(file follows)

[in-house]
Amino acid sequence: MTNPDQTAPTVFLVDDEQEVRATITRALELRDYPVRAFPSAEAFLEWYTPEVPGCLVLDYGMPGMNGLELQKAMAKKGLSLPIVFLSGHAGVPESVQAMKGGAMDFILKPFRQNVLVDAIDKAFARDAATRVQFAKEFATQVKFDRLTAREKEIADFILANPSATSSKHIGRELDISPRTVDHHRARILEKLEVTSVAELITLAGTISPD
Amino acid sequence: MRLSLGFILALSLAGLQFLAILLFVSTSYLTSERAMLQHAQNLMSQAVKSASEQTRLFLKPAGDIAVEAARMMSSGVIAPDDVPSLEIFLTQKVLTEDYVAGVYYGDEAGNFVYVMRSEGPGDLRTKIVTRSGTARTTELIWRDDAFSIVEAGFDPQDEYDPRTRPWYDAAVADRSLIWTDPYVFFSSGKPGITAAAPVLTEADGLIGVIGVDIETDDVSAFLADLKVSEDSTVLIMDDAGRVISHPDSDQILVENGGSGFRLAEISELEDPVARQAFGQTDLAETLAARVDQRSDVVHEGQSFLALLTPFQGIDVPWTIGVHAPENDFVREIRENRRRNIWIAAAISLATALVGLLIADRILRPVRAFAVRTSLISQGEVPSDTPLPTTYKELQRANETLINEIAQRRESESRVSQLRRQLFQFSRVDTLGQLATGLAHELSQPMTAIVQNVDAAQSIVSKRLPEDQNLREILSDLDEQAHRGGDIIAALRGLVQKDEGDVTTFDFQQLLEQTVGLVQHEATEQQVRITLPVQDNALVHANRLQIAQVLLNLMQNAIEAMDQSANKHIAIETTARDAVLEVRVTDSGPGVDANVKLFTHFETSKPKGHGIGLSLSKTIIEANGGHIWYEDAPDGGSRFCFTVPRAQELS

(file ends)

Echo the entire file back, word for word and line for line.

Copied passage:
[in-house]
Amino acid sequence: MTNPDQTAPTVFLVDDEQEVRATITRALELRDYPVRAFPSAEAFLEWYTPEVPGCLVLDYGMPGMNGLELQKAMAKKGLSLPIVFLSGHAGVPESVQAMKGGAMDFILKPFRQNVLVDAIDKAFARDAATRVQFAKEFATQVKFDRLTAREKEIADFILANPSATSSKHIGRELDISPRTVDHHRARILEKLEVTSVAELITLAGTISPD
Amino acid sequence: MRLSLGFILALSLAGLQFLAILLFVSTSYLTSERAMLQHAQNLMSQAVKSASEQTRLFLKPAGDIAVEAARMMSSGVIAPDDVPSLEIFLTQKVLTEDYVAGVYYGDEAGNFVYVMRSEGPGDLRTKIVTRSGTARTTELIWRDDAFSIVEAGFDPQDEYDPRTRPWYDAAVADRSLIWTDPYVFFSSGKPGITAAAPVLTEADGLIGVIGVDIETDDVSAFLADLKVSEDSTVLIMDDAGRVISHPDSDQILVENGGSGFRLAEISELEDPVARQAFGQTDLAETLAARVDQRSDVVHEGQSFLALLTPFQGIDVPWTIGVHAPENDFVREIRENRRRNIWIAAAISLATALVGLLIADRILRPVRAFAVRTSLISQGEVPSDTPLPTTYKELQRANETLINEIAQRRESESRVSQLRRQLFQFSRVDTLGQLATGLAHELSQPMTAIVQNVDAAQSIVSKRLPEDQNLREILSDLDEQAHRGGDIIAALRGLVQKDEGDVTTFDFQQLLEQTVGLVQHEATEQQVRITLPVQDNALVHANRLQIAQVLLNLMQNAIEAMDQSANKHIAIETTARDAVLEVRVTDSGPGVDANVKLFTHFETSKPKGHGIGLSLSKTIIEANGGHIWYEDAPDGGSRFCFTVPRAQELS